Posted by sogasex on March 9, 2008
By Paul Covert, NOAA/PMEL
If you went to public school in the US, then more than likely you share with me the experience of looking at your class schedule at the beginning of the new semester, scanning down the list of classrooms, and realizing that one, if not more, of your classes are to be held in the “portable”. Far from an ideal spot for education, classrooms in the portables were damp, musty, and alternated between freezing cold and swelteringly hot, ideal conditions for sleeping through, or just plain skipping. Perhaps that’s why I don’t remember a lot from my freshman American history first class.
Out here on the Ron Brown, space is even more limited than in the public schools. And, like the public schools, “portables” are used to supplement existing laboratory space. These “portables” are usually standard 20 foot shipping containers that have been converted into laboratories, complete with power and running water. While some of the vans are quite utilitarian, others include many of the creature comforts of home, usually the result of the same group of people inhabiting the van for several cruises in a row.
The biggest benefit of having a lab van is ease of setup. The chaos imparted by 30 scientists scurrying on and off the ship and up and down the halls, moving equipment, and laying claim to a small amount of indoor space for their equipment can be quite amusing to the bystander. If, however, you show up to a cruise with your lab van, setup is as simple as placing the van on deck, tying it down, plugging in to power and water, and opening the door. Admittedly, this process isn’t a walk in the park, but you also aren’t fighting others for space.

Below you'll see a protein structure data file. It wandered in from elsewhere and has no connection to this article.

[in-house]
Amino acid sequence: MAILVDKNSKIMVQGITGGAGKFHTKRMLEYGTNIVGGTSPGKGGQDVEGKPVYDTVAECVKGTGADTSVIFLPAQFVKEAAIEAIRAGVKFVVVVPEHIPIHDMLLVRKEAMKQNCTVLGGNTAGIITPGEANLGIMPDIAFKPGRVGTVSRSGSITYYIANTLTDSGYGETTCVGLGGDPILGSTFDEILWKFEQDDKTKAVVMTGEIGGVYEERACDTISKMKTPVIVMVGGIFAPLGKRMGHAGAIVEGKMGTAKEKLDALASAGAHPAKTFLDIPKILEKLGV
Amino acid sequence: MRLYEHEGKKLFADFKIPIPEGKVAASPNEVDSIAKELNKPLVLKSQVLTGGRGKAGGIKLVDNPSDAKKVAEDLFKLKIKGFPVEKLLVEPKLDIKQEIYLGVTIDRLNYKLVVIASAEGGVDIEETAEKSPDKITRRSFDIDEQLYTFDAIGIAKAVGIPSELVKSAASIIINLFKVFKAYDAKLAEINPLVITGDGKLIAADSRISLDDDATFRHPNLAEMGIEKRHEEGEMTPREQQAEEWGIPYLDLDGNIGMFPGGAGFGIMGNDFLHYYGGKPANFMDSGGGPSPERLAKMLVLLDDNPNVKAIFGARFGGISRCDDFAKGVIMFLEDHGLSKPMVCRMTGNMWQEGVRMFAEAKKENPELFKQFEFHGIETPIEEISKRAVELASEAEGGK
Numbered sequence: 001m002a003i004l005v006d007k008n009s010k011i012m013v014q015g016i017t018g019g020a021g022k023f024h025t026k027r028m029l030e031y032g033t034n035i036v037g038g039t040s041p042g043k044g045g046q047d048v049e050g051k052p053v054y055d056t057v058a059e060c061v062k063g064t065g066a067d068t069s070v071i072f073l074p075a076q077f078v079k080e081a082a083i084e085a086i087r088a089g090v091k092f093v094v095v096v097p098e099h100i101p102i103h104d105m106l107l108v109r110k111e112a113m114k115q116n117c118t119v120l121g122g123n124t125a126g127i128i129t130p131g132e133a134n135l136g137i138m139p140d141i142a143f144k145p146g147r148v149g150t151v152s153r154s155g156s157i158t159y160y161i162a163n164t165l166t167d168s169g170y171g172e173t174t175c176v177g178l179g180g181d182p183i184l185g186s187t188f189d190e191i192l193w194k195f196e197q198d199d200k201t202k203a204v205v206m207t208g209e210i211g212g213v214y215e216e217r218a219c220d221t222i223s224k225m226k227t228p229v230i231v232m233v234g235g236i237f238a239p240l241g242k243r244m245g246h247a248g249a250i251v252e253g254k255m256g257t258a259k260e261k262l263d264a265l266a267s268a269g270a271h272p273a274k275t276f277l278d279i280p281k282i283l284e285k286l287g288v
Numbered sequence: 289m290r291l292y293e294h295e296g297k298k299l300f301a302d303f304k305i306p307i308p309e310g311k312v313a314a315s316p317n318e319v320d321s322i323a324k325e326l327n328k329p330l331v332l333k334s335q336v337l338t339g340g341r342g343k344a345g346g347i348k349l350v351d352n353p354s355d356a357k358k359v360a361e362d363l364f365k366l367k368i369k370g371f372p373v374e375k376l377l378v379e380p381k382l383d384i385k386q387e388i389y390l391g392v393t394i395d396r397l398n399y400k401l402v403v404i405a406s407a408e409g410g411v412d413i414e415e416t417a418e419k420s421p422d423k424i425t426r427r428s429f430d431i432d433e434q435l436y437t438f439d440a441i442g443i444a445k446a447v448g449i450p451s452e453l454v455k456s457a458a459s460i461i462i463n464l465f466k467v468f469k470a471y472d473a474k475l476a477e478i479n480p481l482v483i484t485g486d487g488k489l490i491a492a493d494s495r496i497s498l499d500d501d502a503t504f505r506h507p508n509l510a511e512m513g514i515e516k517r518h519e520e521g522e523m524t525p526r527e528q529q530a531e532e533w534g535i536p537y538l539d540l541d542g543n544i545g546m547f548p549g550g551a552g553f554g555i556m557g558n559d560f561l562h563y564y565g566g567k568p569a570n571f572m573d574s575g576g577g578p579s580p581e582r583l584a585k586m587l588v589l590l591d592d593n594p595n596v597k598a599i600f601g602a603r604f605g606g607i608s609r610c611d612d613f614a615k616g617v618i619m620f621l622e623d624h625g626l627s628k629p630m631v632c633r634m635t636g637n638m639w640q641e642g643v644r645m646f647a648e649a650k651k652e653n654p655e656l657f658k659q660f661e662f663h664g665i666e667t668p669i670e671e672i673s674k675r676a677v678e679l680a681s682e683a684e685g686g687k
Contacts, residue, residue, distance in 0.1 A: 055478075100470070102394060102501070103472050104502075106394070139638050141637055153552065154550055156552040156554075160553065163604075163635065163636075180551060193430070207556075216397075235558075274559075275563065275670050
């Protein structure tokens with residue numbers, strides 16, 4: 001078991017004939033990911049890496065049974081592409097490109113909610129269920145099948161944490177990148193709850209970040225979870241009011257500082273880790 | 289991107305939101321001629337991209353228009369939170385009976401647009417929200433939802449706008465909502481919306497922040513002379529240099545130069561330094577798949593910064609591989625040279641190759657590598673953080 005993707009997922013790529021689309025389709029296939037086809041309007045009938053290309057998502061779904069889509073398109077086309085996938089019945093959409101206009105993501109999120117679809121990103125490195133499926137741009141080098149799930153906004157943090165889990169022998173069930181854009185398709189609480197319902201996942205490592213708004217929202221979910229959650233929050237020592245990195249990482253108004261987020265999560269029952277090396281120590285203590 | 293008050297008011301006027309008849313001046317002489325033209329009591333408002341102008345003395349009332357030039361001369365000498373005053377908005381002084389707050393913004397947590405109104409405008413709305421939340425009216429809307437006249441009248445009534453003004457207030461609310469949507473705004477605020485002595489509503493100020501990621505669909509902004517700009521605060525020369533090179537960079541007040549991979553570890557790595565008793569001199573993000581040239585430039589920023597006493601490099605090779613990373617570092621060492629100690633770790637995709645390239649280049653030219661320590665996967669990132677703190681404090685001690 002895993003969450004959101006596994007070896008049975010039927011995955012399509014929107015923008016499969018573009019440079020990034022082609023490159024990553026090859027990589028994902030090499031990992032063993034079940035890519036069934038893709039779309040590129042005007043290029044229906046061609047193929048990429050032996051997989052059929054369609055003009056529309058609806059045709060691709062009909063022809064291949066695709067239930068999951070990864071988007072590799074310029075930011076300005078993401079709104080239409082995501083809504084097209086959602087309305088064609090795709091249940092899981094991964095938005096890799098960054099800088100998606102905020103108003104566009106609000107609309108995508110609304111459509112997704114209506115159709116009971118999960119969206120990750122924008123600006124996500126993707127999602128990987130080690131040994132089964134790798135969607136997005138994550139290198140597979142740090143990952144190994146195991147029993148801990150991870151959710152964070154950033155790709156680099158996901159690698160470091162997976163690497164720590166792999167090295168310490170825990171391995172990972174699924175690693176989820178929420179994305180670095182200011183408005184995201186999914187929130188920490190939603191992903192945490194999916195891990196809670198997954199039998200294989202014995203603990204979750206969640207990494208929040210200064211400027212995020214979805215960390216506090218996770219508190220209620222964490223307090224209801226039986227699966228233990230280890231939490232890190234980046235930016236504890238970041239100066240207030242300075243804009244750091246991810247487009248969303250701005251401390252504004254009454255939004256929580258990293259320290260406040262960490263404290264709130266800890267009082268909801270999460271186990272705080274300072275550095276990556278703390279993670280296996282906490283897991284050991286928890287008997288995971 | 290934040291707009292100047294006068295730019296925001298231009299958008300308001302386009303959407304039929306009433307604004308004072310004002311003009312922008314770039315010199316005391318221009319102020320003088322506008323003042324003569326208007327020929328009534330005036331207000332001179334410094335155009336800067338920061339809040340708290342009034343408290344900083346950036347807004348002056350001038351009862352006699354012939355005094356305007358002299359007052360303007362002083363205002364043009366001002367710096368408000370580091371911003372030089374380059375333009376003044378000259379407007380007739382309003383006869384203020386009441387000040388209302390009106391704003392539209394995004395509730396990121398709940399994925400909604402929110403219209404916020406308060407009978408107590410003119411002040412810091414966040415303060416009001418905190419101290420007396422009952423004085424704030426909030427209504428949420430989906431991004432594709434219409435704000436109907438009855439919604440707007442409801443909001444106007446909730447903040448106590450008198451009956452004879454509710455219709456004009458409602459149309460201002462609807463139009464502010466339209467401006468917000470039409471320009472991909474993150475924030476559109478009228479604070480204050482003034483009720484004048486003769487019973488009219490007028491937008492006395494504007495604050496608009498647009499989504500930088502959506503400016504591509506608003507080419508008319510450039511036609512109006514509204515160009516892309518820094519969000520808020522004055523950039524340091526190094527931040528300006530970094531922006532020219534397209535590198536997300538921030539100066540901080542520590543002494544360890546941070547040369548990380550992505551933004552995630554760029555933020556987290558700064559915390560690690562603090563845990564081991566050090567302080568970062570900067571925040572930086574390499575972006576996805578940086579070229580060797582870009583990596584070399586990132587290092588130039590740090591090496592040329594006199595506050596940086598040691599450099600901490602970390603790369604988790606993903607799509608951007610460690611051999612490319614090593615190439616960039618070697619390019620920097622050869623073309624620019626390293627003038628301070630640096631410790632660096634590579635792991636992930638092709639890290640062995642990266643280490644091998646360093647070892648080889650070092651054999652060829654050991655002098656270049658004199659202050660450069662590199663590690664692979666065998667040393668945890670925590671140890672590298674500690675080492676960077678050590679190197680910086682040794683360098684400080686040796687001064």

There are three lab vans on board for this cruise. The University of Hawaii van was pictured in an earlier blog entry. Bob Vaillancourt and Veronica Lance inhabit the radioisotope van situated on the aft deck. Next door to that is the CO2 van. This is the van where I spend much of my time.
Life in this van isn’t too bad. During periods of frequent sampling and analysis, the van in pure lab. But in the morning, before the 9AM CTD cast, it’s a place to enjoy your coffee, look out the window, peruse the library, and check your e-mail. And after a long day of analyzing samples, the van is a place to kick back in the glow of chili lights, listen to some tunes, and unwind before it all starts again in a few hours. With your own espresso maker and a hi-fi sound system complete with sub-woofer, why would you go anywhere else?
Main entrance to the CO2 van.
The laboratory side of the CO2 van.
CO2 van library and espresso bar.